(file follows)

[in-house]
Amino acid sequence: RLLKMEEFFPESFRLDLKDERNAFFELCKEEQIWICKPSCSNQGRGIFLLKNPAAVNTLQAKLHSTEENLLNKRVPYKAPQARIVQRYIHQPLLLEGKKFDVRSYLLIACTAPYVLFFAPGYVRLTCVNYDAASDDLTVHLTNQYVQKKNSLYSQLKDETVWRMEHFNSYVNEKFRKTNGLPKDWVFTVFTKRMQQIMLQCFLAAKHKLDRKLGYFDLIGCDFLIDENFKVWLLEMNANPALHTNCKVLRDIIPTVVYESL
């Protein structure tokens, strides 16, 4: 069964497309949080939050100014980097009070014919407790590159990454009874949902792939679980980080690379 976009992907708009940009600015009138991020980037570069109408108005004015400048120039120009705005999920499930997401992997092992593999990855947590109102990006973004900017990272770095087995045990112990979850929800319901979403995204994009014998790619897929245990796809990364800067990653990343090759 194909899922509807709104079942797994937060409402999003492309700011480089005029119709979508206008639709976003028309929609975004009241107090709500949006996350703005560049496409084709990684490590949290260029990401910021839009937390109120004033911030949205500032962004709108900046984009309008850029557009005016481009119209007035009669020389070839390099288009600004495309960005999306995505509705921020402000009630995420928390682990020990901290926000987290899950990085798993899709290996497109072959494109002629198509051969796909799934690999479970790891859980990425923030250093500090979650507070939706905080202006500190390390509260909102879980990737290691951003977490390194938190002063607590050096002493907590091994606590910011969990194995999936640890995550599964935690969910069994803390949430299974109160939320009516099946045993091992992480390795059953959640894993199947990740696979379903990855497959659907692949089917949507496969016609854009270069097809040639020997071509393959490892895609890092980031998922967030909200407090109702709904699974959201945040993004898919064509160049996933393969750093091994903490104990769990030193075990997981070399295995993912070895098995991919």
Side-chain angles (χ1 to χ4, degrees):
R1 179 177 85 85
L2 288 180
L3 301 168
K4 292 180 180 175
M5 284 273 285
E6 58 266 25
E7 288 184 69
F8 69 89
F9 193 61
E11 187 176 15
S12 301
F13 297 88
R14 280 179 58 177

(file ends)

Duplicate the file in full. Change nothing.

[in-house]
Amino acid sequence: RLLKMEEFFPESFRLDLKDERNAFFELCKEEQIWICKPSCSNQGRGIFLLKNPAAVNTLQAKLHSTEENLLNKRVPYKAPQARIVQRYIHQPLLLEGKKFDVRSYLLIACTAPYVLFFAPGYVRLTCVNYDAASDDLTVHLTNQYVQKKNSLYSQLKDETVWRMEHFNSYVNEKFRKTNGLPKDWVFTVFTKRMQQIMLQCFLAAKHKLDRKLGYFDLIGCDFLIDENFKVWLLEMNANPALHTNCKVLRDIIPTVVYESL
């Protein structure tokens, strides 16, 4: 069964497309949080939050100014980097009070014919407790590159990454009874949902792939679980980080690379 976009992907708009940009600015009138991020980037570069109408108005004015400048120039120009705005999920499930997401992997092992593999990855947590109102990006973004900017990272770095087995045990112990979850929800319901979403995204994009014998790619897929245990796809990364800067990653990343090759 194909899922509807709104079942797994937060409402999003492309700011480089005029119709979508206008639709976003028309929609975004009241107090709500949006996350703005560049496409084709990684490590949290260029990401910021839009937390109120004033911030949205500032962004709108900046984009309008850029557009005016481009119209007035009669020389070839390099288009600004495309960005999306995505509705921020402000009630995420928390682990020990901290926000987290899950990085798993899709290996497109072959494109002629198509051969796909799934690999479970790891859980990425923030250093500090979650507070939706905080202006500190390390509260909102879980990737290691951003977490390194938190002063607590050096002493907590091994606590910011969990194995999936640890995550599964935690969910069994803390949430299974109160939320009516099946045993091992992480390795059953959640894993199947990740696979379903990855497959659907692949089917949507496969016609854009270069097809040639020997071509393959490892895609890092980031998922967030909200407090109702709904699974959201945040993004898919064509160049996933393969750093091994903490104990769990030193075990997981070399295995993912070895098995991919």
Side-chain angles (χ1 to χ4, degrees):
R1 179 177 85 85
L2 288 180
L3 301 168
K4 292 180 180 175
M5 284 273 285
E6 58 266 25
E7 288 184 69
F8 69 89
F9 193 61
E11 187 176 15
S12 301
F13 297 88
R14 280 179 58 177